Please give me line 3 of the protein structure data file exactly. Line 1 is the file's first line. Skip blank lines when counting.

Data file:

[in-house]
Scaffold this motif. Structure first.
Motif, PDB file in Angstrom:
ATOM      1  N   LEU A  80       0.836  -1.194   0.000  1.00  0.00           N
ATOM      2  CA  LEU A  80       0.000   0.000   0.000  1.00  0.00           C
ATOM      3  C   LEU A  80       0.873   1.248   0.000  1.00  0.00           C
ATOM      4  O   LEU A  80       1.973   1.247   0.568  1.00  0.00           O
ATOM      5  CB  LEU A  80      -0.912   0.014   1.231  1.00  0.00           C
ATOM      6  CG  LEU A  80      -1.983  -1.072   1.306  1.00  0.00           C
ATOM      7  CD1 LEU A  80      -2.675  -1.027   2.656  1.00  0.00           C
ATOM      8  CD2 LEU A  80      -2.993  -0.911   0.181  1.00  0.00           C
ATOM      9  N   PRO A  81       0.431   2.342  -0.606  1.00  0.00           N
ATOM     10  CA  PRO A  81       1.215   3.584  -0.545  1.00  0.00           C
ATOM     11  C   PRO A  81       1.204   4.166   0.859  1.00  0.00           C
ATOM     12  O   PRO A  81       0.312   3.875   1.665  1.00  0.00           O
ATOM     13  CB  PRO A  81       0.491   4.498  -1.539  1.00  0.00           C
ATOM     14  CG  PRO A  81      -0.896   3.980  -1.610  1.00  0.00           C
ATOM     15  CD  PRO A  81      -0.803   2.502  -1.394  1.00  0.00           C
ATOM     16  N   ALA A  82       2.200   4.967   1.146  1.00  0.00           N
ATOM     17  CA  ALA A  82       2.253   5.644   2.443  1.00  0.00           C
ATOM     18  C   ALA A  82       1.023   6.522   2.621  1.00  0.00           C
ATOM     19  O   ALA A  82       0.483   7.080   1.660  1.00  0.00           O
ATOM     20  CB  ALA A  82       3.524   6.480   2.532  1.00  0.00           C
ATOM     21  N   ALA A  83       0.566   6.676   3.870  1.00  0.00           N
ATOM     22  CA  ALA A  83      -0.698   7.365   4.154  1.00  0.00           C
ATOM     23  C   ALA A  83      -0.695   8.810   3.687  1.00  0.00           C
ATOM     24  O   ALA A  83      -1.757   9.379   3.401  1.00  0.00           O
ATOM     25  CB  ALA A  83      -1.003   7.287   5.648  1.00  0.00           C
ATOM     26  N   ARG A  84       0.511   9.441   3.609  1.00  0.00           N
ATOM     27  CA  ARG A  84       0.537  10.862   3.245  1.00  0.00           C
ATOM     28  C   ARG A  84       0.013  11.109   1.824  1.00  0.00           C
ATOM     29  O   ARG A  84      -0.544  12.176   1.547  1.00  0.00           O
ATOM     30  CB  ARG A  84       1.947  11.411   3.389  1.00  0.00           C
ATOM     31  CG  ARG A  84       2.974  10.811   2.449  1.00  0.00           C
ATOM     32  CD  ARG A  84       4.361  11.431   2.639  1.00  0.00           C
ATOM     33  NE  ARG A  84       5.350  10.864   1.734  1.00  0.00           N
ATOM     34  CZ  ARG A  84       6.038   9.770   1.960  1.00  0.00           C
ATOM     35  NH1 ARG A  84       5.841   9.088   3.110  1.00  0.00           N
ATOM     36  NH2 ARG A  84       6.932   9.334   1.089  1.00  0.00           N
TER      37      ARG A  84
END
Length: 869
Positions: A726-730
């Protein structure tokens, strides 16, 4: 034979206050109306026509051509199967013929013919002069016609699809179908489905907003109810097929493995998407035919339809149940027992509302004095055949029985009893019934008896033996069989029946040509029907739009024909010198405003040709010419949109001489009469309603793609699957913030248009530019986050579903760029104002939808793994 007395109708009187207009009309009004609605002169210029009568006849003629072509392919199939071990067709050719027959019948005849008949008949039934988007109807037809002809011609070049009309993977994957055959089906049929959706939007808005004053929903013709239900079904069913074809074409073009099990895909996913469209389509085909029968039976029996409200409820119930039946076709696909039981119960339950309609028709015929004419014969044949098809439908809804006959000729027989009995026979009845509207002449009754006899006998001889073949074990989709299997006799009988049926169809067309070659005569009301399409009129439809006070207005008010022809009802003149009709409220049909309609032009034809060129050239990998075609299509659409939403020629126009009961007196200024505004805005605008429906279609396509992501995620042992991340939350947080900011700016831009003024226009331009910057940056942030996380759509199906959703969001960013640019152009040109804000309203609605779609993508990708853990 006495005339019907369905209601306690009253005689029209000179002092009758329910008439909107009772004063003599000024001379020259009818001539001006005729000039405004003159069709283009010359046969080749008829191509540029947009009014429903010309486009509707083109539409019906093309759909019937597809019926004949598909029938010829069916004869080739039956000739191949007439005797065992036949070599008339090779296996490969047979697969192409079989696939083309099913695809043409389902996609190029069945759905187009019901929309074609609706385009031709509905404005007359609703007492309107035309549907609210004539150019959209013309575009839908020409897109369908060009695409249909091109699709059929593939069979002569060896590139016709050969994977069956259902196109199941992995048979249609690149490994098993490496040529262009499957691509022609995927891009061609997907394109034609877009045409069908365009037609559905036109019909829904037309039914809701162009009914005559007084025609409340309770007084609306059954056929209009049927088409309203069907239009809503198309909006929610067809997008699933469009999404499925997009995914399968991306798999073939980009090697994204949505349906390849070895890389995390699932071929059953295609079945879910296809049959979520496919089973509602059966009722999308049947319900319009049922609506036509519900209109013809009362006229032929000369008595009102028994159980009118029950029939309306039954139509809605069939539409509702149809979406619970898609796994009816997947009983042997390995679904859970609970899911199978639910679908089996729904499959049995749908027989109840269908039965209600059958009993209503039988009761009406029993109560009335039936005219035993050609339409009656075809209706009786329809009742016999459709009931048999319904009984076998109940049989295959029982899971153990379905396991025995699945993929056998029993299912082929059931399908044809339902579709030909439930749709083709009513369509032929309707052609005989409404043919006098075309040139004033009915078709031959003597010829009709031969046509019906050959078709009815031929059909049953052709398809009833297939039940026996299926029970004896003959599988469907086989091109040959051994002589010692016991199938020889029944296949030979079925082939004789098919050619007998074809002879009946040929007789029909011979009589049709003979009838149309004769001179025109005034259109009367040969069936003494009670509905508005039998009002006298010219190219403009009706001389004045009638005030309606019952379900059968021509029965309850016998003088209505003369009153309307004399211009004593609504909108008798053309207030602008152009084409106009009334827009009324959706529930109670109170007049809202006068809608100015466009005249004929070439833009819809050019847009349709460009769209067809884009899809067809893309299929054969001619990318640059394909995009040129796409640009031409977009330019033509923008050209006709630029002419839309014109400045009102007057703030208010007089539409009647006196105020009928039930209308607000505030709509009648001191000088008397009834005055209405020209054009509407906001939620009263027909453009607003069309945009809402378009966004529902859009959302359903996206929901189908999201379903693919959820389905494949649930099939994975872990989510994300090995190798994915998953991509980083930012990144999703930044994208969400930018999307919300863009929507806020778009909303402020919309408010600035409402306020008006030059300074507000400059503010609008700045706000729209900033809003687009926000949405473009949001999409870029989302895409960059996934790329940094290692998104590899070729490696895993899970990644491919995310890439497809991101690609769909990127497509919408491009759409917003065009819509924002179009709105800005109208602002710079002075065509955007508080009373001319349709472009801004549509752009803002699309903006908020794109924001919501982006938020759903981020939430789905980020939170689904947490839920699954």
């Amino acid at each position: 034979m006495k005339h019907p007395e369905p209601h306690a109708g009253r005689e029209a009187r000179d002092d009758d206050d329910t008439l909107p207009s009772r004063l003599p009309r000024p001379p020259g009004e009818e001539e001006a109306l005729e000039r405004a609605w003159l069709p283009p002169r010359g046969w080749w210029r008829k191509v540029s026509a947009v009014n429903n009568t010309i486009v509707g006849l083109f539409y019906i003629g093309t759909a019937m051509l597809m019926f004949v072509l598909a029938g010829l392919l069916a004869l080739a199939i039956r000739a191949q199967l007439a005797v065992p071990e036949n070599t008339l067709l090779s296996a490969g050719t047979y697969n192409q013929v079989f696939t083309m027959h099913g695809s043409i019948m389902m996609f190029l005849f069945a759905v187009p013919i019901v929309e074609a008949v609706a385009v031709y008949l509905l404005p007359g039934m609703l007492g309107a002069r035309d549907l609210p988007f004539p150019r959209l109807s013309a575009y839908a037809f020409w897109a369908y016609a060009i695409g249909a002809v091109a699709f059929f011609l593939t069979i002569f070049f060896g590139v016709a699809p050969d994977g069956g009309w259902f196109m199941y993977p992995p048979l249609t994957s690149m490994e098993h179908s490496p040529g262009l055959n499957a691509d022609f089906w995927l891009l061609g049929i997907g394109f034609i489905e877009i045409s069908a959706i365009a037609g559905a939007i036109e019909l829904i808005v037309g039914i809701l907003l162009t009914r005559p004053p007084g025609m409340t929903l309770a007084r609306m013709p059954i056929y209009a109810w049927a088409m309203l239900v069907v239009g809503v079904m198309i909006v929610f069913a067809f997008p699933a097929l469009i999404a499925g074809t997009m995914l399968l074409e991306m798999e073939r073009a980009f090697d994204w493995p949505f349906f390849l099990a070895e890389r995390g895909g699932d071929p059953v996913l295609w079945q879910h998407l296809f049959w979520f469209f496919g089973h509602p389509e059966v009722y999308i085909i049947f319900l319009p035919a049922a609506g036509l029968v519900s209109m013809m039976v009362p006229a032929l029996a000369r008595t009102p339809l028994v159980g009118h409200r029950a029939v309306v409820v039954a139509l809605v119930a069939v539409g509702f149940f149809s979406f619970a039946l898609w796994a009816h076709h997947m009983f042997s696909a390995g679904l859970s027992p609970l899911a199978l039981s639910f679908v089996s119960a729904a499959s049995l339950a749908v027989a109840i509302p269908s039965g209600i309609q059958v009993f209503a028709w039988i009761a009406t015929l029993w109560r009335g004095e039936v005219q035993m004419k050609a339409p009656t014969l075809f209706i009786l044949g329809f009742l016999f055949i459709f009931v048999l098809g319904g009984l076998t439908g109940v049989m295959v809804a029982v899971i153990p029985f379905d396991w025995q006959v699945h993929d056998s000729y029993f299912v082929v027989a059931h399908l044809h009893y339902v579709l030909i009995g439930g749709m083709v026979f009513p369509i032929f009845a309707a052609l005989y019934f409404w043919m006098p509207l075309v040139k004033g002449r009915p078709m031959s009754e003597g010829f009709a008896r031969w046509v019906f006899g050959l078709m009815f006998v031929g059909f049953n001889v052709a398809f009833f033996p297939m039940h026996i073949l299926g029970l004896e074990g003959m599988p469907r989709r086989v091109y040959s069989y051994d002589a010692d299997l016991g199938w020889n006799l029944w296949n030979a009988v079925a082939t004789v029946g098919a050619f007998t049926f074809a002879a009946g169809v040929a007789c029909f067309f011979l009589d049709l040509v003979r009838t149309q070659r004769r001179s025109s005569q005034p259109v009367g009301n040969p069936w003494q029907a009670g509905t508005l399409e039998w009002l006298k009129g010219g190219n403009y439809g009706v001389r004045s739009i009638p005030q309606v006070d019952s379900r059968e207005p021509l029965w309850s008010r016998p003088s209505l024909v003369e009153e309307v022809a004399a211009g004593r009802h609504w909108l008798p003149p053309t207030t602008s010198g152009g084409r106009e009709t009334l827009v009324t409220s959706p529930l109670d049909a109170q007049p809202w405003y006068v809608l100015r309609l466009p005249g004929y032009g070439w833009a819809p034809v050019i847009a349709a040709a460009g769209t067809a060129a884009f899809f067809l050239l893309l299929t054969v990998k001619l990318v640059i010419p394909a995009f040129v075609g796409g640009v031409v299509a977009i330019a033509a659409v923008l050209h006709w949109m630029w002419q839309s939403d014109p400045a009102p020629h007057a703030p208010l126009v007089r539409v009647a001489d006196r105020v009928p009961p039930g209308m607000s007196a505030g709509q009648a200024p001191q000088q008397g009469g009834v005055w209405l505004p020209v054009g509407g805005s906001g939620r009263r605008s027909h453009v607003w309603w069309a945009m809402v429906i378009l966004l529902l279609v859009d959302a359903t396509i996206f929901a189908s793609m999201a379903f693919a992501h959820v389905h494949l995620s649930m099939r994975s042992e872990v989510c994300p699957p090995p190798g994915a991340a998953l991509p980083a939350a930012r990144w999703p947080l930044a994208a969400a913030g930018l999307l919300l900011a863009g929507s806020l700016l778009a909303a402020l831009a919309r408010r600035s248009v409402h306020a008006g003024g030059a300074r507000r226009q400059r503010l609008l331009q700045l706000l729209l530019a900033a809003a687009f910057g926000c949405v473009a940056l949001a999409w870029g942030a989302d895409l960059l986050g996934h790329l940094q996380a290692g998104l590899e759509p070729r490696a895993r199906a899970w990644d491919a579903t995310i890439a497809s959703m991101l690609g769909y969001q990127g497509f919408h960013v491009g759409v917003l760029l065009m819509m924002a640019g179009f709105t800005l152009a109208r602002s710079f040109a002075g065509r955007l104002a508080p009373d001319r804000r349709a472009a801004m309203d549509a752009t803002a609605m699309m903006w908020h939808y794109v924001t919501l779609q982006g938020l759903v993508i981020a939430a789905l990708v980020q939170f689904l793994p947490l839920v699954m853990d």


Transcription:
Motif, PDB file in Angstrom: